Thursday, February 5, 2009

coraline unveiled: go see it!

just a few brief thoughts today...

saw the ASIFA screening of Coraline Wednesday night. very impressed. even for a stop-motion enthusiast such as myself, it was a visual orgy of delight -- especially in 3-D. except for a short part in the beginning, it resisted the standard gimmicky use of 3-D, instead choosing to give frames exceptional depth and vibrancy.

the story, while not equal to the visual and technical brilliance of the movie, is still pretty good and much better than I expected. a classmate asked me about the mouth movements on Coraline -- naturally I thought that they were simply replacement heads, like Selick's other films. essentially, I was correct. but he's upped the ante, according to Hollywood Jesus:

"Unlike most previous stop-motion features, Coraline added even more dimension to its puppet players by foregoing the use of replacement heads and using replacement faces instead. Based on scans and castings of the original puppets, the replacement faces were built by CG artists, printed out on 3-D printers, and then painted by hand. In addition, characters' faces were divided in two, with one set of replacements for the lower half and another set for the top half. As a result, where The Nightmare Before Christmas' Jack Skellington had only 150 possible facial expressions, Coraline has over 200,000 potential ones."

i guess they digitally removed most of those separation lines where the two parts of the head meet, but I remember seeing in some closeups the distinct lines marking their puppet nature -- and reminding us we're watching stop-motion instead of a computer animated film, which I think it could definitely be mistaken for. Selick pushed to have the lines stay in:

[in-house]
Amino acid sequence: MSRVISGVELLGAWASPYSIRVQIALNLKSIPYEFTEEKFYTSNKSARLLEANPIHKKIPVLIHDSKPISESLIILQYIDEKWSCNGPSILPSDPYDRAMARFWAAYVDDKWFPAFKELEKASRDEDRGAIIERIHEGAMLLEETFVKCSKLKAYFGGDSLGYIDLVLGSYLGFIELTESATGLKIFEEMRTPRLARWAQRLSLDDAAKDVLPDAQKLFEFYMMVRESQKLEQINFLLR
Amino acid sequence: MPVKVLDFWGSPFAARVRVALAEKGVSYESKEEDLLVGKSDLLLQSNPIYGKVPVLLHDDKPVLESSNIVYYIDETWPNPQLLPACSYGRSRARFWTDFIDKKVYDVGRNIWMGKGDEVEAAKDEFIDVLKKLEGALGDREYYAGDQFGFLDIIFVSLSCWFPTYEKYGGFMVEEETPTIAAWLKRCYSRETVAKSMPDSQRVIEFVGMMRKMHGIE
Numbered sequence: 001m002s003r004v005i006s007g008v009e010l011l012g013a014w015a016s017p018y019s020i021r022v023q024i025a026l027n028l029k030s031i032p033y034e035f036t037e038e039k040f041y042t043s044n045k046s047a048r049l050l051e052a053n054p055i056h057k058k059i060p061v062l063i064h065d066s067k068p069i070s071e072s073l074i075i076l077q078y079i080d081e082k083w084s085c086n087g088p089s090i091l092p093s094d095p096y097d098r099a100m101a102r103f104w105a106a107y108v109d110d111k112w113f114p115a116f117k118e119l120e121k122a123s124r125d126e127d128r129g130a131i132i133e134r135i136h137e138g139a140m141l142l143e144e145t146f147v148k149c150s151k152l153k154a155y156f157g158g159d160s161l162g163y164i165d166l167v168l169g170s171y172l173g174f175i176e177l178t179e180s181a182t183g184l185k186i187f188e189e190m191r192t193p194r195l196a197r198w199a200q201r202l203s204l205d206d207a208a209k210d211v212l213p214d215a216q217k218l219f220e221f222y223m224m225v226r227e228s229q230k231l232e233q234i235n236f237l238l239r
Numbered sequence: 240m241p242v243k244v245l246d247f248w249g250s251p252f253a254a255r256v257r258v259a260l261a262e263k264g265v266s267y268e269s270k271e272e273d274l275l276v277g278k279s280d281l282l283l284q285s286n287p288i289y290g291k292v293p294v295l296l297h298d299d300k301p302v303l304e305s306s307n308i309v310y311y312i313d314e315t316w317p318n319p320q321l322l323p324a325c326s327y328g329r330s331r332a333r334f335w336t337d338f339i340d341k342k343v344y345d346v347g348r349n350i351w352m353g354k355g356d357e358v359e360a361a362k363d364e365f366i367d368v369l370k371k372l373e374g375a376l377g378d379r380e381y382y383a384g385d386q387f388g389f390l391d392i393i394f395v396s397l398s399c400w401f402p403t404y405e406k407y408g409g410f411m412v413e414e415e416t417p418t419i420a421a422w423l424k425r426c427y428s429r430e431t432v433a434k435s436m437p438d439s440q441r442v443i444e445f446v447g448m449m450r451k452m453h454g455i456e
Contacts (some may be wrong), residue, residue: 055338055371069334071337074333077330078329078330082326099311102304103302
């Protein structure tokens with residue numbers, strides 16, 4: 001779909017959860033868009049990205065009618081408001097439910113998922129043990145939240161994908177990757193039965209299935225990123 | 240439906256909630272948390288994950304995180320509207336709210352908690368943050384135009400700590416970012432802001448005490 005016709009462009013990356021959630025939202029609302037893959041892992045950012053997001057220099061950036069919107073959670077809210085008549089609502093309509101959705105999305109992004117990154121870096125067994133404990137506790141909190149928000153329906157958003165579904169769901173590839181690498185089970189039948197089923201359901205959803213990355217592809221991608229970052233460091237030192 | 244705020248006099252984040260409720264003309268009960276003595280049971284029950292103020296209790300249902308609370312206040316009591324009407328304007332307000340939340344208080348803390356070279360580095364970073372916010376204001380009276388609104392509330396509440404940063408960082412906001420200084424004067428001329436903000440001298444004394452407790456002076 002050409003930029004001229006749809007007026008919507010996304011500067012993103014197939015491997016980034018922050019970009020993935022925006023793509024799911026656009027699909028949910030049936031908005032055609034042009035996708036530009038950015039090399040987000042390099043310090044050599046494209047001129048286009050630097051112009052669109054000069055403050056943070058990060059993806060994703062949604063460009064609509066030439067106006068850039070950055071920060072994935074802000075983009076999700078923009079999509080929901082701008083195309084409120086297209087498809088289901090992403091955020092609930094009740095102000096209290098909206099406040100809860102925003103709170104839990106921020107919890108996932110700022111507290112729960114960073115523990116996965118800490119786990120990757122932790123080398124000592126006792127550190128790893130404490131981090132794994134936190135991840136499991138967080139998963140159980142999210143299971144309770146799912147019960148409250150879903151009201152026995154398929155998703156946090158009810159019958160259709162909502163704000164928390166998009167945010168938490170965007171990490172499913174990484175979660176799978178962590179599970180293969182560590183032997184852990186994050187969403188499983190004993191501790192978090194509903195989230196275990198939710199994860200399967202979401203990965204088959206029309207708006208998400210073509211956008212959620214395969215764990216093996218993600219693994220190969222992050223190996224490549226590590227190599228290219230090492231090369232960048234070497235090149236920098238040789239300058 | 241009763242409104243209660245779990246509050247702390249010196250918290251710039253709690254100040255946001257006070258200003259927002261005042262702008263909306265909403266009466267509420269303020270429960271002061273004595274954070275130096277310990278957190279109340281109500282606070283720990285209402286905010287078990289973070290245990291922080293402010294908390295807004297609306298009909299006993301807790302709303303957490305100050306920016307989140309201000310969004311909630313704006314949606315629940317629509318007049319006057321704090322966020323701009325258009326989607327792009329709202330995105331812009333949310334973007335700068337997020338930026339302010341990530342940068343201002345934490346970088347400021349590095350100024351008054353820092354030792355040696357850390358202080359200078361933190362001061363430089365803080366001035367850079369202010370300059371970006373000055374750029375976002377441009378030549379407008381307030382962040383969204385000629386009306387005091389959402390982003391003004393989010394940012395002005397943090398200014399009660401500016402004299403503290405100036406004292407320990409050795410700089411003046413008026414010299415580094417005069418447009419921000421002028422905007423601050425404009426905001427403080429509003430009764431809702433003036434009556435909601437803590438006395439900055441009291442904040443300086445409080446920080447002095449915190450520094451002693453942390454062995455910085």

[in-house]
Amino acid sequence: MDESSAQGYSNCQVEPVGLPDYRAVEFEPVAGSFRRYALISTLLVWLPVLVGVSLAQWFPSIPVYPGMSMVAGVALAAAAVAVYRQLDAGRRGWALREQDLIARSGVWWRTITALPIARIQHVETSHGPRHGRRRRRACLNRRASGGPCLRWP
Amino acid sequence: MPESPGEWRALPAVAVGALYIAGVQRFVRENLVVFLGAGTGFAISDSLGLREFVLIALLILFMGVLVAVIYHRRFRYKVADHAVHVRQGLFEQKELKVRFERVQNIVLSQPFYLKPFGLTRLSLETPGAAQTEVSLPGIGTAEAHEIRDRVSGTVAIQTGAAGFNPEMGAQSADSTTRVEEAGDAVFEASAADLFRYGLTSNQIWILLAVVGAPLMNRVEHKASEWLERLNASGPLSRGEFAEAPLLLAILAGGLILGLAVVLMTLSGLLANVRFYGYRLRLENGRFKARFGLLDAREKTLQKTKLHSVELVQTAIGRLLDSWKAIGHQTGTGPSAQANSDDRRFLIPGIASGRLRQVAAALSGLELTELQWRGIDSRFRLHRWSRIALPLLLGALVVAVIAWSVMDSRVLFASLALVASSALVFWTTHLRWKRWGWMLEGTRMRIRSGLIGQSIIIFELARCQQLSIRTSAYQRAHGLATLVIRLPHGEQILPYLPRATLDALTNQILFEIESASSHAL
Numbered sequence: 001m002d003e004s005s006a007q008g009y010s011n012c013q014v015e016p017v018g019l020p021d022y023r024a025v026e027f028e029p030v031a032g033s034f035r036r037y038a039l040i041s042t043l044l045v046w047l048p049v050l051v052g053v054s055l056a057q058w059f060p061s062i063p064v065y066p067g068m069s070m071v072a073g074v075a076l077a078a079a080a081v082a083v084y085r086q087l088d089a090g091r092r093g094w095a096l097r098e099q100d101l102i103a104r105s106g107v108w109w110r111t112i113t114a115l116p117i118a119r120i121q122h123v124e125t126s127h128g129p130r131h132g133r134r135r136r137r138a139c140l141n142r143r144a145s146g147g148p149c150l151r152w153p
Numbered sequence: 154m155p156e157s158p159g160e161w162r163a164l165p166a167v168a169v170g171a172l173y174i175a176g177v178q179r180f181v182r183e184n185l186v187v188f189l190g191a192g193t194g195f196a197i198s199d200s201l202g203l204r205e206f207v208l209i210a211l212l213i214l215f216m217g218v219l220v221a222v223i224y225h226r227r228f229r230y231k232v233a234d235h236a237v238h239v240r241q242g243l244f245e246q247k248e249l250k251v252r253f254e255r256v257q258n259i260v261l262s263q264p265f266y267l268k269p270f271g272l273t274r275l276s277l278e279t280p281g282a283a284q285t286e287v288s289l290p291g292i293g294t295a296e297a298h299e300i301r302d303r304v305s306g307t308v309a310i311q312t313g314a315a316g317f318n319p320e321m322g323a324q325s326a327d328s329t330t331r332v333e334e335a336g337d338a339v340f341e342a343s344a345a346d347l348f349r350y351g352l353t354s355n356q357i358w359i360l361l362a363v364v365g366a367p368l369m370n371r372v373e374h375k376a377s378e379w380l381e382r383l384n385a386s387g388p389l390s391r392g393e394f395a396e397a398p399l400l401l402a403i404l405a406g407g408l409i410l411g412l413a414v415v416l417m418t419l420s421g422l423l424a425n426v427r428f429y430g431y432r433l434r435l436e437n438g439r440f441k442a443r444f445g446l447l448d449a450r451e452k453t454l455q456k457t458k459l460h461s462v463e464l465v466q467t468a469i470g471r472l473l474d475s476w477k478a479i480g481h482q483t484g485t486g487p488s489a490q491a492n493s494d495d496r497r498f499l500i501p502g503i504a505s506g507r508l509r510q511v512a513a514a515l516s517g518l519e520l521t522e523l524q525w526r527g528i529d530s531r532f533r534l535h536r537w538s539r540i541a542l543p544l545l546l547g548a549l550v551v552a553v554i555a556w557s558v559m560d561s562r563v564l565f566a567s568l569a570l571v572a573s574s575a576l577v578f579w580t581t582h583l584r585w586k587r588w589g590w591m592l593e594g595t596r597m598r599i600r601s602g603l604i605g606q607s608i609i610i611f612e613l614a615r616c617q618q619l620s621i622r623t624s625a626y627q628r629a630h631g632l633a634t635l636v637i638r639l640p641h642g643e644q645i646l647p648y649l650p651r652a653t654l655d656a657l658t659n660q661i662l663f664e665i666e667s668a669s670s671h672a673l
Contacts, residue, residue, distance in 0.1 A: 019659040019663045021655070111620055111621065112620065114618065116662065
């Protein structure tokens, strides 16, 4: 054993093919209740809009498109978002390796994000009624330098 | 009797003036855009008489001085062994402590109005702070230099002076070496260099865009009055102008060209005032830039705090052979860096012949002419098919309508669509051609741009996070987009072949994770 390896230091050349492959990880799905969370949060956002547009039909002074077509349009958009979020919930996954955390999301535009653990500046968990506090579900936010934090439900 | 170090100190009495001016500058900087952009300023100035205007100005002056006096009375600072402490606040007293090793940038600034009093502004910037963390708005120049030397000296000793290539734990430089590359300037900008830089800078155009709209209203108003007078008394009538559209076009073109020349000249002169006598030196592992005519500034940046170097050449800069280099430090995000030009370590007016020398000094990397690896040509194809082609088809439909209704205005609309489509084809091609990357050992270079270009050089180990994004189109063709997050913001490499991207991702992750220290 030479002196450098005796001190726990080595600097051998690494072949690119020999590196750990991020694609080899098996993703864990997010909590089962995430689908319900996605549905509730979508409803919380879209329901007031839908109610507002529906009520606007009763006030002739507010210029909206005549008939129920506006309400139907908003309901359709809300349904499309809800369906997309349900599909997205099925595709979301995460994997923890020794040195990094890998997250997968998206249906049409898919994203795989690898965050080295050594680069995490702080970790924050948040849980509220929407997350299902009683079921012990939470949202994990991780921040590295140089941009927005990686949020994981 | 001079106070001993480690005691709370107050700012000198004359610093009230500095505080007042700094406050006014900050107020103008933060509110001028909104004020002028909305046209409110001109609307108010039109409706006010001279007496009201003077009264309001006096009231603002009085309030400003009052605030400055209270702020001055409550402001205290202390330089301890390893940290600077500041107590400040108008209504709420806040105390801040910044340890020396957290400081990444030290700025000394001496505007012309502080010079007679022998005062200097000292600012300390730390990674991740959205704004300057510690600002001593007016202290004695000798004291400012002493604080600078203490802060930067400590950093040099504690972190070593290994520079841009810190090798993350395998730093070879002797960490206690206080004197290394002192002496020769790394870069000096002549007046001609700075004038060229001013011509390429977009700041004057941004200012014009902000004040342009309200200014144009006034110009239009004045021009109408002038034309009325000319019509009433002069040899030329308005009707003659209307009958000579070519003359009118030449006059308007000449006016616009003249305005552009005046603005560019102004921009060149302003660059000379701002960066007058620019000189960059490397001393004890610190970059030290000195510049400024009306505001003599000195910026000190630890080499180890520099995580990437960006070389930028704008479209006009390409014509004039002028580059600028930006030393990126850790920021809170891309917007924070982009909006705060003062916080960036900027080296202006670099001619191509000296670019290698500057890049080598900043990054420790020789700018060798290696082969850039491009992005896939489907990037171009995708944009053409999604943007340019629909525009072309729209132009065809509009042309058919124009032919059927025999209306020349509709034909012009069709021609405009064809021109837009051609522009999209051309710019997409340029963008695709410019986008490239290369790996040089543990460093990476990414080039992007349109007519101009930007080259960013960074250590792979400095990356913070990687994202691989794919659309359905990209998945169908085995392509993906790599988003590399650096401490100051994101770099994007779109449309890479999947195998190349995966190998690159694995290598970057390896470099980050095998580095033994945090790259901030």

"I actually was pushing very hard to leave that line in; Most people, after five minutes, they wouldn't see it anymore. It disappeared. Initially, it's like, here's proof that this is handmade, kind of showing the technique in its lips; If you're going to do stop-motion, I'd like there to be the proof that it's stop-motion in the work," continues Selick. "Why not make it a little more obvious about what it is; I kept telling the animators, 'It's okay. It's these flaws that make it human, that make it unique.'"

and here's an interesting if cursory article on the evolution of stop motion animation. its a fun breeze through many years of history -- pick your own film or movement that was left out, but its a nice introduction nonetheless.

Wednesday, February 4, 2009

cartoon time! with Pendleton Ward

while one will swear things were better "back in my day," i think the general landscape for children's programming has seen better days. that's why i'm excited for "Adventure Time" at Cartoon Network. besides putting animators and artists to work, the original short that its based on is a stream-of-consciousness ball filled with fun and imagination.

young CalArts grad Pendleton Ward (born only three years earlier than I) created the short for Nickelodeon's animation showcase "Random! Cartoons" put on by Frederator Studios, the program itself an offshoot of the earlier "Oh Yeah! Cartoons" which spawned the highly successful The Fairly Oddparents. the short was nominated for the best animated short film award by the Annies in 2006. he then went on to do storyboards for "The Misadventures of Flapjack" at Cartoon Network until a deal for Adventure Time was finally made. he first came to minor fame with a webcomic in 2003 called "Bueno the Bear".

this animation opens his website:

the Frederator blog for Adventure Time shows a great deal of the behind the scenes work as well as loads of artwork, layout, and model sheets to eat with your eyes. here's a background for an episode entitled "Good Buddies":

and, of course, the Candy Kingdom!:

and finally, another Ward creation for Random Cartoons: "The Bravest Warriors". it retains his very unique drawing style as well as his sense of humor, but just didn't seem to catch on the same way Adventure Time did. see if you can spot Rob Paulsen with your ears... (and yes, that was Bender as the dog in Adventure Time -- John Di Maggio)